North Pointe hearing delayed
By DAVID DADURKA / Daily Progress staff writer
December 3, 2003
The 3-to-3 standoff prompted the supervisors to cancel a public hearing scheduled for next week on the project, called North Pointe.
“I don’t see how we can handle this next week,” Supervisor David P. Bowerman said.
To iron out concerns about the project, the board formed a committee - made up of two supervisors, two planning commissioners, county planners and North Pointe developers. Then it rescheduled the public hearing for Feb. 11.
Supervisors disagreed over whether North Pointe was consistent with the county’s neighborhood model.
The neighborhood model, composed of 12 design principles, calls for communities to accommodate walkers, incorporate a mixture of residential and commercial uses and provide interconnected streets within a development.
“To me this is an interconnected community,” said Supervisor Charles S. Martin, who represents the district where the project would be built.
“I don’t see how it is out of order” with the neighborhood model, he said. “This is going to connect into the [University Research Park at North Fork] … it helps connect three other neighborhoods.”
But other supervisors argued that residential and commercial uses were not integrated.
“It is the antithesis of Albemarle Place,” Supervisor Sally H. Thomas said.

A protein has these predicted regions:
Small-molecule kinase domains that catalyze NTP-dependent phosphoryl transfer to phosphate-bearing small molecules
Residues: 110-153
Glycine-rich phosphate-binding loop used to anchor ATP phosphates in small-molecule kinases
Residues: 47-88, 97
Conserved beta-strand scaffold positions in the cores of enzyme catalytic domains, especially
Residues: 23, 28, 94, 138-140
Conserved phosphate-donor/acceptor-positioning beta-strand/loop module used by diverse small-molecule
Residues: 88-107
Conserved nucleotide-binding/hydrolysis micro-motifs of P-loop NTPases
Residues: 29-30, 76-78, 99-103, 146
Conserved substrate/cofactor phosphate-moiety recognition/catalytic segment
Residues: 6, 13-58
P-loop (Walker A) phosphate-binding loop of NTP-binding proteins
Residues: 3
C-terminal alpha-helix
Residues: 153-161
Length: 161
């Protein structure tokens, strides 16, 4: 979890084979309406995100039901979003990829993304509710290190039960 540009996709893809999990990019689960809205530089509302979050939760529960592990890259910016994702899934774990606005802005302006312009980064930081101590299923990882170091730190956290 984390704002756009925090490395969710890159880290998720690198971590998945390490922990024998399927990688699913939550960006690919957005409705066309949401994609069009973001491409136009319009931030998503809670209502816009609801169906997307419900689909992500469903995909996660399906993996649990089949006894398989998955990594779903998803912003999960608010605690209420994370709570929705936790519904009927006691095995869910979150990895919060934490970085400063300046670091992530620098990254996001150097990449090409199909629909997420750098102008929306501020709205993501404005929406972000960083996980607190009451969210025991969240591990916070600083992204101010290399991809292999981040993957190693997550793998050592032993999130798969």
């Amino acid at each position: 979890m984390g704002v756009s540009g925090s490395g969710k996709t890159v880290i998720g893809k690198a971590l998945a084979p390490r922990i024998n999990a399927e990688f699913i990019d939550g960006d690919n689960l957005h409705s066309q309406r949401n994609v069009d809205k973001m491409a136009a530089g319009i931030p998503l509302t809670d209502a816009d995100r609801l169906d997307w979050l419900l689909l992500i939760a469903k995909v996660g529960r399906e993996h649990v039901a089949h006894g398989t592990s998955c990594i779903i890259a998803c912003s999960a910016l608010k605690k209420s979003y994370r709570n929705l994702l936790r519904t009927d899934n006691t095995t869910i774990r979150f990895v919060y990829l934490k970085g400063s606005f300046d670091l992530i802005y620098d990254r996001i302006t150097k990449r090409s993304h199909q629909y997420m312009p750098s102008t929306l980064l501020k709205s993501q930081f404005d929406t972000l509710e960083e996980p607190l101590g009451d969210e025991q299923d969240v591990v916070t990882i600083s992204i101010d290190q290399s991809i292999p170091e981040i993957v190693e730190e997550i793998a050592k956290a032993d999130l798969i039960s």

County officials approved Albemarle Place, a 1.7 million-square-foot complex at the corner of Hydraulic Road and U.S. 29, in October, and one board member called it a project that “typifies the form and vision of the neighborhood model.” The project is one of the first to incorporate the concept of “relegated parking” - putting parking to the side or rear of buildings or using parking structures.
Charles Rotgin Jr., one of the North Pointe developers, said that the project mixes uses in its town center, which will include apartments above shops, similar to Albemarle Place.
He added that North Pointe residents living in the most northern section of the development would be only a 15-minute walk from the shopping center.
North Pointe is slated to feature more than 800 residences, a 250-room hotel and more than 600,000 square feet of retail and office space.
It is the largest of the three major mixed-use developments along U.S. 29 that county officials have grappled with this year.
In addition to the 65-acre Albemarle Place complex, supervisors last summer also approved more than 500,000-square feet of retail and office space, as well as 250 to 300 townhouses, at the Hollymead Town Center, which will be the site of mass merchandiser Target and a new Harris Teeter grocery store.
Contact David Dadurka at (434) 978-7299 or email@example.com.